While these opportunities are still work in progress, players talk positively about its impact. “My game changed because when I was playing in the US, I realised all that I had been doing earlier was wrong,” says Amjyot Singh (27), from Chandigarh, who has moved back to India, plays for Punjab Steelers, and is the No 1 3X3 player in the rankings of the International Basketball Federation (Fiba). “My whole perspective changed. It enhanced my game so much.” Sanjana Ramesh (18), who hails from Bengaluru and is now based in Arizona, says, “It helped me understand what’s expected from a US college and how much to get in the SATs [for a basketball scholarship].”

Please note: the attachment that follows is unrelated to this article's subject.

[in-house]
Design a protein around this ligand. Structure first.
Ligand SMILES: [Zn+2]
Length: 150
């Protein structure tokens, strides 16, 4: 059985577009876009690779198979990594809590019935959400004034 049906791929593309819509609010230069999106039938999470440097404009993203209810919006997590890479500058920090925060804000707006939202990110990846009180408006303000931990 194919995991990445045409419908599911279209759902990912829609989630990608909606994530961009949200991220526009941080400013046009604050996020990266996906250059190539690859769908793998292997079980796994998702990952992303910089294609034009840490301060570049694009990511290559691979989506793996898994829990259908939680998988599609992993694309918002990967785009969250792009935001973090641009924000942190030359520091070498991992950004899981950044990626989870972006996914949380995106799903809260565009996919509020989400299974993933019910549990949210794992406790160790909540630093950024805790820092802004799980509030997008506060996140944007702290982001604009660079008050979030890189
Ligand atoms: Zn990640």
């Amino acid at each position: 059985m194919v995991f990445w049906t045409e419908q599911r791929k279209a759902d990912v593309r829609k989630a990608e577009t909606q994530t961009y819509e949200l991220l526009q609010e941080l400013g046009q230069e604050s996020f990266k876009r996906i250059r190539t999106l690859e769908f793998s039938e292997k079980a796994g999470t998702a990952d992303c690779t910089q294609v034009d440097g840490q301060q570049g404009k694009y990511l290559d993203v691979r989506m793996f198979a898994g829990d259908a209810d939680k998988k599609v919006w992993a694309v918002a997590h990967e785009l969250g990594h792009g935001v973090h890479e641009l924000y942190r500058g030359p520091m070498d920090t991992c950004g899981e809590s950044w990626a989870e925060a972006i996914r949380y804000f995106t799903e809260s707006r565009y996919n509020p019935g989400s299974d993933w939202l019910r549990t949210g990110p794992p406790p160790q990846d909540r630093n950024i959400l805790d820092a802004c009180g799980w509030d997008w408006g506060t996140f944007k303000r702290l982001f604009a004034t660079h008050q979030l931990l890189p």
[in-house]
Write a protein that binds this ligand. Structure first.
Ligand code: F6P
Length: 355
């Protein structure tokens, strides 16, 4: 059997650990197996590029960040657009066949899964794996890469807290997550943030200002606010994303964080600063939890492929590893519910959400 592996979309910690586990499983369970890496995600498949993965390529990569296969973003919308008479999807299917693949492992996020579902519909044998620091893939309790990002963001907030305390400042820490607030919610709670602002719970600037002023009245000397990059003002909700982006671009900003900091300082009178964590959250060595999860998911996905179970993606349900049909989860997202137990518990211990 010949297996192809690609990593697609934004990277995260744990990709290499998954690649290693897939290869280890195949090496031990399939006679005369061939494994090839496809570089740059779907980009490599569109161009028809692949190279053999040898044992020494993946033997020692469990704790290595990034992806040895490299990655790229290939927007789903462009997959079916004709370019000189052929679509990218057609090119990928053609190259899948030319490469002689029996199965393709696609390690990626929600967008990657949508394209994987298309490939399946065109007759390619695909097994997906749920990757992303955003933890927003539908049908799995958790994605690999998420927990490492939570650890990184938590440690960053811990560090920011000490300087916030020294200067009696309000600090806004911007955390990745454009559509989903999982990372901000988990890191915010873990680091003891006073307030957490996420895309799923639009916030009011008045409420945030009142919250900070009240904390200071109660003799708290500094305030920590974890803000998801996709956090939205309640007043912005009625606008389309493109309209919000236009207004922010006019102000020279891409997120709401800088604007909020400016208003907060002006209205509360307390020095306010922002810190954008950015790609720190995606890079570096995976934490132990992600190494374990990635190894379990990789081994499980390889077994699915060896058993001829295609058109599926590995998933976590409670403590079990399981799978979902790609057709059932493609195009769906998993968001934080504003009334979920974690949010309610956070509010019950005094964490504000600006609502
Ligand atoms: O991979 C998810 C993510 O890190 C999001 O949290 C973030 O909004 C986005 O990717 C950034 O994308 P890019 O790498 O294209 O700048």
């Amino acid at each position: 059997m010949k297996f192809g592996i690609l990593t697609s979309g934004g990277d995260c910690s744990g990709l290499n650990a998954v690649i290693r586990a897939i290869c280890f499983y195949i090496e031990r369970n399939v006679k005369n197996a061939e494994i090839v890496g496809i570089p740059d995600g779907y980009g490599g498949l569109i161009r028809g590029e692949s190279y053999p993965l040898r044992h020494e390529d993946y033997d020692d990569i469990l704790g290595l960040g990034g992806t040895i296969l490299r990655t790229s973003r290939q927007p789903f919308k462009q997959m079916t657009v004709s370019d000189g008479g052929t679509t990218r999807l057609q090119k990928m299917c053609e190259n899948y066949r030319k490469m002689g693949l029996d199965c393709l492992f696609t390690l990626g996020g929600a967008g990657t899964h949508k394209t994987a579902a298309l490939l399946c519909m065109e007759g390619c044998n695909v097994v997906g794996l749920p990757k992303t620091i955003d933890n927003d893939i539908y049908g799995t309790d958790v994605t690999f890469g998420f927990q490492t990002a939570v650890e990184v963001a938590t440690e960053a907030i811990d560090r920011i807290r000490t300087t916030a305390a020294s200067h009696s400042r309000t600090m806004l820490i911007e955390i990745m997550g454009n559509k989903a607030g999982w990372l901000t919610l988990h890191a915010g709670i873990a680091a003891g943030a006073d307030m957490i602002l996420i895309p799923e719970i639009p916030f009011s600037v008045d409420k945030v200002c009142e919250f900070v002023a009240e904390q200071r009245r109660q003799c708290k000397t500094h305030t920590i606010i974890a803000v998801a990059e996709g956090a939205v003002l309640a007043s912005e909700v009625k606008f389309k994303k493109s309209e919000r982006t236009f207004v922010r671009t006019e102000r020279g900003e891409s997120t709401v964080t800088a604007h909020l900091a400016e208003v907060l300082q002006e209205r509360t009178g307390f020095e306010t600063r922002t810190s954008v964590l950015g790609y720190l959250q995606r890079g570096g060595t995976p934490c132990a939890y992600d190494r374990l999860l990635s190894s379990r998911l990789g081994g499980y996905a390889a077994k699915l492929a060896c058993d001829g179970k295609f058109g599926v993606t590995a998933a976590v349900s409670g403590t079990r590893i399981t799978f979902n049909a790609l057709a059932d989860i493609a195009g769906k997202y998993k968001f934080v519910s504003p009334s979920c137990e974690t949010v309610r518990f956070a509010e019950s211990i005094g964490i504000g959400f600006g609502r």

“NBA is an aspirational brand. You now have access to it. Can I become an NBA star?
The answer was distant or non-existent five to six years ago. Now, it’s more realistic,” says Yannick Colaco, managing director of sports aggregator FanCode, and former MD of NBA.
Even if the scholarships and opportunities to play abroad do not achieve that goal immediately, players would return to enhance the Indian team, and carry the inspiring tag of having played in the US.
“Culturally, basketball mirrors the swagger and attitude from Bollywood and cricket communities, which is one reason I think it is becoming so popular in India,” says Ranadive.
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(This story appears in the 11 October, 2019 issue of Forbes India. To visit our Archives, click here.)